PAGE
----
Astolfo is also in a prison, albeit one that doesn’t also hold everyone else: his anger over being betrayed and grief over the slaughter of his sister and family set him on a laser-stright “Kill All Vampires” path. Noé may have suffered equal or greater torment, but has Vanitas by his side to tell him not to lose himself in that rage, even if he can’t back down.

…But back to Chloé, who only got more and more sympathetic and compelling as her arc progressed. Within the prison built in part by the loneliness of a father who couldn’t accept or love what she’d become, she chose to stay there, but now that it’s crumbling around he she has a choice: stay within its bars and vanish into oblivion, or take the hands of the two people who do love her for who she is—Jean-Jacques and Jeanne—and let them pull her to freedom. Chloé wisely chooses the latter.

As J-J and Jeanne pull her from the black cage, Vanitas uses the book—and begs for Luna’s strength—to obliterate that cage and the false world of endless winter around it, as well as reveal Chloé’s true name: Canorus, “she who makes music with snow flowers.” As the cursed world vanishes to reveal blue skies and patches of astérique flowers, Astolfo finds some relief in the arms of his senpai, Roland.

Chloé finds herself in one of these astérique patches, and her first action is one of anger, slapping and then uppercutting J-J for letting himself get so brusied and bloodied. But once that passes, her eyes fill with tears of relief and joy. The flowers remind her of when she looked up at the sky with lil’ Jeanne, thinking if she could die, it would be on that day. But now she wants to live, and J-J is there to love, accept, and be there for her, warts and all.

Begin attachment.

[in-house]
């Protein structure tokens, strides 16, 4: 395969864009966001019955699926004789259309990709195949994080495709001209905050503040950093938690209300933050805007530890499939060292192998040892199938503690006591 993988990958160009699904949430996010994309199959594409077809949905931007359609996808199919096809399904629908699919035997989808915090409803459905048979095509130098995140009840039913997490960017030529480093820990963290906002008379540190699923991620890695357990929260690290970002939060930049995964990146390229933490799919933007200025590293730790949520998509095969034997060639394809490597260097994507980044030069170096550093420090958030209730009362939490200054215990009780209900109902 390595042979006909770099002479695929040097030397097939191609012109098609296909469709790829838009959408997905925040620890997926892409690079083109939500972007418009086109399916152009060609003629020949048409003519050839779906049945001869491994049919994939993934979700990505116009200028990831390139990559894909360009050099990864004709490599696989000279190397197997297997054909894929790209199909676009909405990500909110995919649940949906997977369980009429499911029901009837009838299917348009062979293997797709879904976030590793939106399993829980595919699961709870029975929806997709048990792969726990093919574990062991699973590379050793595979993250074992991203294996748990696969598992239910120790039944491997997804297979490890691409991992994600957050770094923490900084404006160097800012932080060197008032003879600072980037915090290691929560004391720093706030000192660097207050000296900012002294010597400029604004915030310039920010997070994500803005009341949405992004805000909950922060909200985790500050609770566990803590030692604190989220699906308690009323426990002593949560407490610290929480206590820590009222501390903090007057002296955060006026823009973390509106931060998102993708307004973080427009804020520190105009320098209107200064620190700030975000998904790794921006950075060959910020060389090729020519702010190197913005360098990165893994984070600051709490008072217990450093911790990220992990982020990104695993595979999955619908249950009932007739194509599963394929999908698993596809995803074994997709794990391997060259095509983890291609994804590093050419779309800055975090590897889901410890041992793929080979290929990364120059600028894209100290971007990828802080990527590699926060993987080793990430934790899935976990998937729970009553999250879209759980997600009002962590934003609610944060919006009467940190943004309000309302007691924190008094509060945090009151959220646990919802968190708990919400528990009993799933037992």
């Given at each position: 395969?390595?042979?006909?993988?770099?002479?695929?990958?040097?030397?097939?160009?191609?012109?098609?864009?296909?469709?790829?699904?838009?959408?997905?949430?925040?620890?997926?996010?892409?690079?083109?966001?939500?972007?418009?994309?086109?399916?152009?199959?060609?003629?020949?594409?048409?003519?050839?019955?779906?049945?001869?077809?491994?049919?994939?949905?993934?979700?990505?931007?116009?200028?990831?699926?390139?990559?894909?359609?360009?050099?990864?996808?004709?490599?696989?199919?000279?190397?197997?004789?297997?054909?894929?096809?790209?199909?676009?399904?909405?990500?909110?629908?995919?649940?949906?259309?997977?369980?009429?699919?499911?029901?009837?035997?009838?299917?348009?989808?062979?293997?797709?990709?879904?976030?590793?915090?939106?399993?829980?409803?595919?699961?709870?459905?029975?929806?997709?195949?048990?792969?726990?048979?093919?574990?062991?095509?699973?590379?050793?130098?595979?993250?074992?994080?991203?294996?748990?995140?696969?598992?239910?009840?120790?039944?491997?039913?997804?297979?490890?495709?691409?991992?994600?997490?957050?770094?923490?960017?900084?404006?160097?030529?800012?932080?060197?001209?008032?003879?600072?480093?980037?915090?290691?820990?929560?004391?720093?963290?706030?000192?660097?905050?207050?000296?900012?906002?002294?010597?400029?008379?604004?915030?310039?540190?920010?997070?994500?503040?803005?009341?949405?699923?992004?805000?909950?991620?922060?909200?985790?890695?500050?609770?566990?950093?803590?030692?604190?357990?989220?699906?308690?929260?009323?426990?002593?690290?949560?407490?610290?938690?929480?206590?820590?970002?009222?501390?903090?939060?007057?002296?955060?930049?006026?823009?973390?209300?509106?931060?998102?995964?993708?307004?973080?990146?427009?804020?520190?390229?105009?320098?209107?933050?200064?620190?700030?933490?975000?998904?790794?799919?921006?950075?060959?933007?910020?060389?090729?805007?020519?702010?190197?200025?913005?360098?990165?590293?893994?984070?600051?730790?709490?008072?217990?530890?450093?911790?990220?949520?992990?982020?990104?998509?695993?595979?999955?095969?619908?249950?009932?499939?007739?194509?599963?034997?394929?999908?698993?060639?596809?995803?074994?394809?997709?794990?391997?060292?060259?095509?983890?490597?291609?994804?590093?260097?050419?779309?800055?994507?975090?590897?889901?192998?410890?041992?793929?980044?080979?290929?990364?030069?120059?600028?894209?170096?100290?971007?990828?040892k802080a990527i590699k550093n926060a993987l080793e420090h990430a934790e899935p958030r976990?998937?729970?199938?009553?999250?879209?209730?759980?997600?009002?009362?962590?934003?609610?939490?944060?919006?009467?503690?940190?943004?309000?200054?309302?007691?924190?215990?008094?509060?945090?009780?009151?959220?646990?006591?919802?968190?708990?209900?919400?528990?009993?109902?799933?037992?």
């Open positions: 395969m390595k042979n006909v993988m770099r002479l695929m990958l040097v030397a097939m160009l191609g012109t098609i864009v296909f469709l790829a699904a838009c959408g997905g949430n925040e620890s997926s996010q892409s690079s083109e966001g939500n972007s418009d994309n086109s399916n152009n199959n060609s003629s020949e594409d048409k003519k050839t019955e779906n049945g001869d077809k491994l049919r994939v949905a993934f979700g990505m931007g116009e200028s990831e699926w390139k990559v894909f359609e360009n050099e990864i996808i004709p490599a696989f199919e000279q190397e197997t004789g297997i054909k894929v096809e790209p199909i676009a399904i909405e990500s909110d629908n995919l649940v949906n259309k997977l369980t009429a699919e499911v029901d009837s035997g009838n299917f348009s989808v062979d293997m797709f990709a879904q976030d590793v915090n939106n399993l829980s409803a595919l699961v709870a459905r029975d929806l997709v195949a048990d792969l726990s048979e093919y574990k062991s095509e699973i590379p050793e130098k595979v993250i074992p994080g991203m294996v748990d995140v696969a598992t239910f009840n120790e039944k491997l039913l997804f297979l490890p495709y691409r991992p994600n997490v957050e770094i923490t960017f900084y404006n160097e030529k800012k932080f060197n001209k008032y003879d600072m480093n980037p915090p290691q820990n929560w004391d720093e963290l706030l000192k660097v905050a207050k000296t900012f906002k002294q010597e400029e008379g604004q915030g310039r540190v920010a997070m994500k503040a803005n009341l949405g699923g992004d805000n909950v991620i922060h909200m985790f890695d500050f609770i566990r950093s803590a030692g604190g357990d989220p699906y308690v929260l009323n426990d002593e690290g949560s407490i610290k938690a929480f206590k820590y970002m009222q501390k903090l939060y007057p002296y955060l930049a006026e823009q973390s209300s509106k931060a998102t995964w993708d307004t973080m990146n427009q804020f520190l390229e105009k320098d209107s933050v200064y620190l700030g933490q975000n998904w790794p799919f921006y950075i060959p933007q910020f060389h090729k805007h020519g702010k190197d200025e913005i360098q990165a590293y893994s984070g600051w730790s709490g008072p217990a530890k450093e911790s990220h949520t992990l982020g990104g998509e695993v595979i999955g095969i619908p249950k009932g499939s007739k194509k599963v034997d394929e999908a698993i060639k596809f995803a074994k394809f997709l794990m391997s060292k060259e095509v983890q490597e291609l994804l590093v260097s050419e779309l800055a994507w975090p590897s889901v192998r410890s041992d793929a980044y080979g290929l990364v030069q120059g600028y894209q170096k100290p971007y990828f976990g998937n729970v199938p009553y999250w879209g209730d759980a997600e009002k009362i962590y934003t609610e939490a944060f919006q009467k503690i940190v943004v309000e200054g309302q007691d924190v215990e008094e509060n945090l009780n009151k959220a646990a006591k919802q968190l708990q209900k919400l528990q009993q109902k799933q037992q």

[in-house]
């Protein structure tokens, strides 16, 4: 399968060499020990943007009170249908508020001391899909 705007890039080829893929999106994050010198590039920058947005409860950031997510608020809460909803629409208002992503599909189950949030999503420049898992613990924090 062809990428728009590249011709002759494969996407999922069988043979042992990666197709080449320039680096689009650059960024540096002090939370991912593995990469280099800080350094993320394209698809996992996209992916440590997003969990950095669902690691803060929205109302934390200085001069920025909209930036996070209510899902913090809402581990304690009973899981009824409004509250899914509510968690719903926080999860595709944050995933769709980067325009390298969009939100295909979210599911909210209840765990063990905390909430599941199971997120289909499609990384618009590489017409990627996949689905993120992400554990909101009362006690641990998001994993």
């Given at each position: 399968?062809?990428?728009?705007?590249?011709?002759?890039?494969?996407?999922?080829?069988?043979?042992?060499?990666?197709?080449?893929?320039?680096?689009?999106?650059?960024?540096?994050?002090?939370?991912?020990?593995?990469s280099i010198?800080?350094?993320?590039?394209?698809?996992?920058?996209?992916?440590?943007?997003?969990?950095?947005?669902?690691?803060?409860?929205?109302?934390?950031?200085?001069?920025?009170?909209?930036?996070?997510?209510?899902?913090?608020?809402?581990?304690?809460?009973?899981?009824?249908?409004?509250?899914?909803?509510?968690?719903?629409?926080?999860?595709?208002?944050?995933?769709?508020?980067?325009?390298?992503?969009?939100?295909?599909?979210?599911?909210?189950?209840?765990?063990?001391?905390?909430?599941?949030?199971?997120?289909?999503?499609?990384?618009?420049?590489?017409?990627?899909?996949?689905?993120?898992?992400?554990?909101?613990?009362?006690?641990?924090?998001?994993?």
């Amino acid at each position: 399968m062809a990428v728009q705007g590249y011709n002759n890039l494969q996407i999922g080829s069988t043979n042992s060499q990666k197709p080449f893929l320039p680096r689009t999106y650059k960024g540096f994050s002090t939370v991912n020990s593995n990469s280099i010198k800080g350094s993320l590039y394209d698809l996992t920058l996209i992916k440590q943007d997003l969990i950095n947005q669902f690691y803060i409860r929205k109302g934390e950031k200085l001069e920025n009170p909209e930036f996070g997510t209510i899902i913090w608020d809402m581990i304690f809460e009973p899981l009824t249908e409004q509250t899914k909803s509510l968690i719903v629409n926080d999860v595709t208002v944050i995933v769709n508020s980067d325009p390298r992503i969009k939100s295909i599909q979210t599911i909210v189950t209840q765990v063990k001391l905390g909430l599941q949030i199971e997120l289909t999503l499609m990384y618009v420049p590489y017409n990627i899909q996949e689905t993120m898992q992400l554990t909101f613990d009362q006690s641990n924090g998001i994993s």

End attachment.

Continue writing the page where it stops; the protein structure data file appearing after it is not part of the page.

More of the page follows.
Seeing Chloé and J-J embrace, Jeanne’s thoughts turn to Vanitas, and when she finds him, she can’t hold back her relief, gratitude, or joy. Their relationship may have started out fraught, but all Vanitas has done since then is what he said he’d do. She thought Chloé was beyond saving, but he showed her there was another way. He also saved her from the regret of not having saved Chloé befoe. Jeanne celebrates by lustily drinking Vanitas’ blood, and then planting a pure yet passionate kiss on his cheek.

Nobody may yet live happily ever after. There’s the looming threat of Ruthven’s control over Noé to kill Vanitas, Vanita’s spreading affliction, and the consequences for Chloé, Jeanne, and others by the powers that be. But right now, none of that matters. Jeanne’s radiant smile says it all—Everyone can relax, at least for a little while, with the clear blue sky above them the pale blue flowers below, and the ones they love beside them.

When Vanitas and Misha were little, Luna told them that everyone, be they human or vampire, is alone, and most of them go their entire lives never understanding themselves. That’s why they reach out for someone to snuggle with and keep them warm in a cold world; who will accept and love them for who they are, and thus no longer feel as lonely. Chloé and Jean-Jeaques have each other, while Vanitas now has two such someones in Jeanne and Noé.

The Duke of Death and His Maid – 12 (Fin) – Spring at the Latest

Not entirely surprisingly considering the pace of the storytelling so far, there is no miracle insta-cure for Bocchan’s curse this week. Instead, he heeds his mother’s summons and comes home for the first time in years. Upon meeting with his mother after all that time, she simply tells him it’s too late and they’ll talk tomorrow. Viola and Walter assure their bro that Mom was actually being “kind” tonight.

Thankfully for Bocchan, Alice tags along for his awkward trip to the main house, and is an immediate hit with the house staff, who are amazed what a spitting image of her dearly departed mother Sharon she’s become. Bocchan’s mom even mistakes Alice for Sharon, with whom she was very close and was never the same after her death by as-yet unexplained circumstances.